• I was under the impression that almost everything mechanics wise is referred to in feet. Regardless the point is to use the original numbers and just to change the name of the units of measurement, you could use "fantasy" measurements if you really wanted to.
– Josh
Oct 9, 2018 at 12:18
• Ah no I haven't made myself clear, sorry! I meant keep all of the numbers the same, just replace the name of the units. So instead of it being a 20 ft square area, it's a 20 inch square area.
– Josh
Oct 9, 2018 at 12:29
• @linksassin You don't even need a new unit. Just say it's 5 foot, but measured with very small feet. Oct 9, 2018 at 20:38
• @Cubic this is a great idea, and also suggests that "length of caster's foot" becomes a fundamental variable in all magical disciplines. A spell with a 20-foot range literally has a range of 20 times the length of the caster's foot. Given that this is a whimsical christmas one-shot, this kind of silliness would probably fit rather well. Oct 10, 2018 at 8:04

# Yes, your players are going to get confused

Honestly, this seems like a pretty bad idea. Instead of scaling the entire world, you should simply scale your enemies where needed, and describe the terrain as being larger. Keep everything else the same and explain it in fluff where needed.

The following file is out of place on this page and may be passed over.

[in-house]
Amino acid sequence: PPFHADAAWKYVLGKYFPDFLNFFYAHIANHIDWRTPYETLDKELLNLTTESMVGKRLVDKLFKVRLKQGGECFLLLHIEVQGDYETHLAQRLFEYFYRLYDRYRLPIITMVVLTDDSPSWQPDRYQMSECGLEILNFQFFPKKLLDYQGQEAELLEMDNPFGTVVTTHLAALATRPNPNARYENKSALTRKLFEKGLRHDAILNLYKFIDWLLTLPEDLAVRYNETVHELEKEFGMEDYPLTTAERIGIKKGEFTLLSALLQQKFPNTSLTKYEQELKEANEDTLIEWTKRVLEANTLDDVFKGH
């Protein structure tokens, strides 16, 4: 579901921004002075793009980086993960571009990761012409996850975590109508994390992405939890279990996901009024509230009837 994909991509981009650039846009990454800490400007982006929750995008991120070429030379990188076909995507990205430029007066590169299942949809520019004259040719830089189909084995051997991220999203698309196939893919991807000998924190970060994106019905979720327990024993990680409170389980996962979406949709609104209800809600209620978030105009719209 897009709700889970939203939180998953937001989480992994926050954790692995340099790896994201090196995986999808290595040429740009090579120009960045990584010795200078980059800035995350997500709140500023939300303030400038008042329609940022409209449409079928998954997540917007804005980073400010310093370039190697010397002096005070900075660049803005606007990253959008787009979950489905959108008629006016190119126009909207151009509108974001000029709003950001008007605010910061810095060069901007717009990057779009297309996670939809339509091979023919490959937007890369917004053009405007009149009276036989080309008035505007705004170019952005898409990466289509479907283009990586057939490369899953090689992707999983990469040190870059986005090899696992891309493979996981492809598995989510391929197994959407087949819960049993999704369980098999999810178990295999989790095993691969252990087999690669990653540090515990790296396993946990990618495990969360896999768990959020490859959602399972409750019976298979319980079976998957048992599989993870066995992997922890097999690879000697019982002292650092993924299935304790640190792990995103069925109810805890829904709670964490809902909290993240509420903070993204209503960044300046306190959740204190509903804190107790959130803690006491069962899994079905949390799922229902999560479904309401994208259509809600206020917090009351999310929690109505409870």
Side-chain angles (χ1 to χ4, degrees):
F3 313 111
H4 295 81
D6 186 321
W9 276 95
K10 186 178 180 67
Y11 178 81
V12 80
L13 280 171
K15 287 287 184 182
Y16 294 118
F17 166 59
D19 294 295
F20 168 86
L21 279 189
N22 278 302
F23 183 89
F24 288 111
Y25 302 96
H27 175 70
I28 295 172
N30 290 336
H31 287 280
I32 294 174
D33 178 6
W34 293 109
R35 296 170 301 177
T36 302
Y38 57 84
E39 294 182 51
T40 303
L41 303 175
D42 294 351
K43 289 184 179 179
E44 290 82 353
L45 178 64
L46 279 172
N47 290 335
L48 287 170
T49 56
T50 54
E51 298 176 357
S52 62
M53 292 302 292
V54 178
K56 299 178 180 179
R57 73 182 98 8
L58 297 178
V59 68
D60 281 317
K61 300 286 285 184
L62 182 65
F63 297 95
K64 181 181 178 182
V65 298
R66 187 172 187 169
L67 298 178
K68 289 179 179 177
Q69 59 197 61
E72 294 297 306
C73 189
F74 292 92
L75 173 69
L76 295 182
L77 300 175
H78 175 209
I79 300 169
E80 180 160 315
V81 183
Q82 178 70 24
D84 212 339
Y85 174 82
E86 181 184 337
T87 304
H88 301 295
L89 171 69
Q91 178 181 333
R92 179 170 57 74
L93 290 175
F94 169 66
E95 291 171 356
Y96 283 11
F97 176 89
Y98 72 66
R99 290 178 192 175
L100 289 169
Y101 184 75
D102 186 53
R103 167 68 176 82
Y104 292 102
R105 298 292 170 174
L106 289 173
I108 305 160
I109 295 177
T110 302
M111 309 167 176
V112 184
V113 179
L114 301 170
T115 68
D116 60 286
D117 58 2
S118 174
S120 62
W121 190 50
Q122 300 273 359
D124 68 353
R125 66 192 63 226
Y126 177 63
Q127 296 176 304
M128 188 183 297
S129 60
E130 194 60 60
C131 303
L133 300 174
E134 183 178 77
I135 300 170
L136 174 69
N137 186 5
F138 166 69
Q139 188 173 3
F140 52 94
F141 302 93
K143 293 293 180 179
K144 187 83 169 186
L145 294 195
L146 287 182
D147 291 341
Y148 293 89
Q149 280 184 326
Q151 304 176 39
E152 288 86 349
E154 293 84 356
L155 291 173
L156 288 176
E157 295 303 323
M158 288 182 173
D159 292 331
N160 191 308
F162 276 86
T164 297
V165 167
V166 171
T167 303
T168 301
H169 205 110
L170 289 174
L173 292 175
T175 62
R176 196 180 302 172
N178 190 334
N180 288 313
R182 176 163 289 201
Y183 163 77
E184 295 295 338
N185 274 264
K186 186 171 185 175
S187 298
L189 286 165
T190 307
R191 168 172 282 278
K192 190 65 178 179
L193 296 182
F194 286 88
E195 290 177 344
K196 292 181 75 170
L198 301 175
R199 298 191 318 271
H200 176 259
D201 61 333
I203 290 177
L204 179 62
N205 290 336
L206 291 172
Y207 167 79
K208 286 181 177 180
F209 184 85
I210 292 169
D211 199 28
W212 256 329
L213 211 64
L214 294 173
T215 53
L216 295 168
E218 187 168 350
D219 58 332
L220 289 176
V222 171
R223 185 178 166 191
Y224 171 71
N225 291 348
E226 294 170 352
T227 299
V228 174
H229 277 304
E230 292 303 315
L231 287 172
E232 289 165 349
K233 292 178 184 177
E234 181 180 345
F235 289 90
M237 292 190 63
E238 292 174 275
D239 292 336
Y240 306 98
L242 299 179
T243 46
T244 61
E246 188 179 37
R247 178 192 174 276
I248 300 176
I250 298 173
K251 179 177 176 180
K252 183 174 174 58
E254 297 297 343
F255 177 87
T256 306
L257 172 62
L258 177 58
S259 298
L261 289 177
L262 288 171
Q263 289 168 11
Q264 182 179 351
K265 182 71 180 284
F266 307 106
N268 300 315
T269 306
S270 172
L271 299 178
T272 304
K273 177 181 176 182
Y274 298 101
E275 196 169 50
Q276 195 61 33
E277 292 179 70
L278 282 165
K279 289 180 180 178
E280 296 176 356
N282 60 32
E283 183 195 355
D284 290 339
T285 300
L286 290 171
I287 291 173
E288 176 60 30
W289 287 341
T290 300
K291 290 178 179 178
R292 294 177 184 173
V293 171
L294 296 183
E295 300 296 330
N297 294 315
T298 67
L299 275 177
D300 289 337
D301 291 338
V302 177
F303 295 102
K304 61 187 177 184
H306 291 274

Else expect these kinds of situations:

"Can I hit him? My spell is 120 feet."

"Just divide it by 5 and you'll know."

"Wait I forgot that last round, I don't think I hit all the enemies."

This seems like it'd be a constant discussion at your table when you're turning the session into a "everybody pull out your calculator", especially when there is no real reason. All you need to do is make your players FEEL like they're tiny, keep all the normal stats and just put them up against larger versions of normal enemies. That dog is now a giant dog, that normally tiny rat is now a medium sized rat, etc.

• Honestly, I feel they will get more hung up on the humans of the world being 50ft tall than having to do a unit conversion. Since this is a one-shot we can just write out the modified spells ahead of time. Oct 9, 2018 at 12:58